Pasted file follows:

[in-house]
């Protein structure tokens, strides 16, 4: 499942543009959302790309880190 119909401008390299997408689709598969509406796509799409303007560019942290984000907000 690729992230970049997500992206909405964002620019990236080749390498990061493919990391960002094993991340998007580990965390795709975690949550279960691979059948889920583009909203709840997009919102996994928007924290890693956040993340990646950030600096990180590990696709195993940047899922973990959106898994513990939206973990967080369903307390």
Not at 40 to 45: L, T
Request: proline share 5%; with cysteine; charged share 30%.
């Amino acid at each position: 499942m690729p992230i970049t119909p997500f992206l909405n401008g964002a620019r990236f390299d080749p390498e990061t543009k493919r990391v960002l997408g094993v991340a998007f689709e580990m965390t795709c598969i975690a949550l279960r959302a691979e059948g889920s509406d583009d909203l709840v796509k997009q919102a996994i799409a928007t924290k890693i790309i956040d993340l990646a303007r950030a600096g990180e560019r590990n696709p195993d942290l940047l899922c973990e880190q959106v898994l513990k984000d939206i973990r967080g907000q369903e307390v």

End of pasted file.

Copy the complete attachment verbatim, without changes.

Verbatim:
[in-house]
């Protein structure tokens, strides 16, 4: 499942543009959302790309880190 119909401008390299997408689709598969509406796509799409303007560019942290984000907000 690729992230970049997500992206909405964002620019990236080749390498990061493919990391960002094993991340998007580990965390795709975690949550279960691979059948889920583009909203709840997009919102996994928007924290890693956040993340990646950030600096990180590990696709195993940047899922973990959106898994513990939206973990967080369903307390």
Not at 40 to 45: L, T
Request: proline share 5%; with cysteine; charged share 30%.
């Amino acid at each position: 499942m690729p992230i970049t119909p997500f992206l909405n401008g964002a620019r990236f390299d080749p390498e990061t543009k493919r990391v960002l997408g094993v991340a998007f689709e580990m965390t795709c598969i975690a949550l279960r959302a691979e059948g889920s509406d583009d909203l709840v796509k997009q919102a996994i799409a928007t924290k890693i790309i956040d993340l990646a303007r950030a600096g990180e560019r590990n696709p195993d942290l940047l899922c973990e880190q959106v898994l513990k984000d939206i973990r967080g907000q369903e307390v």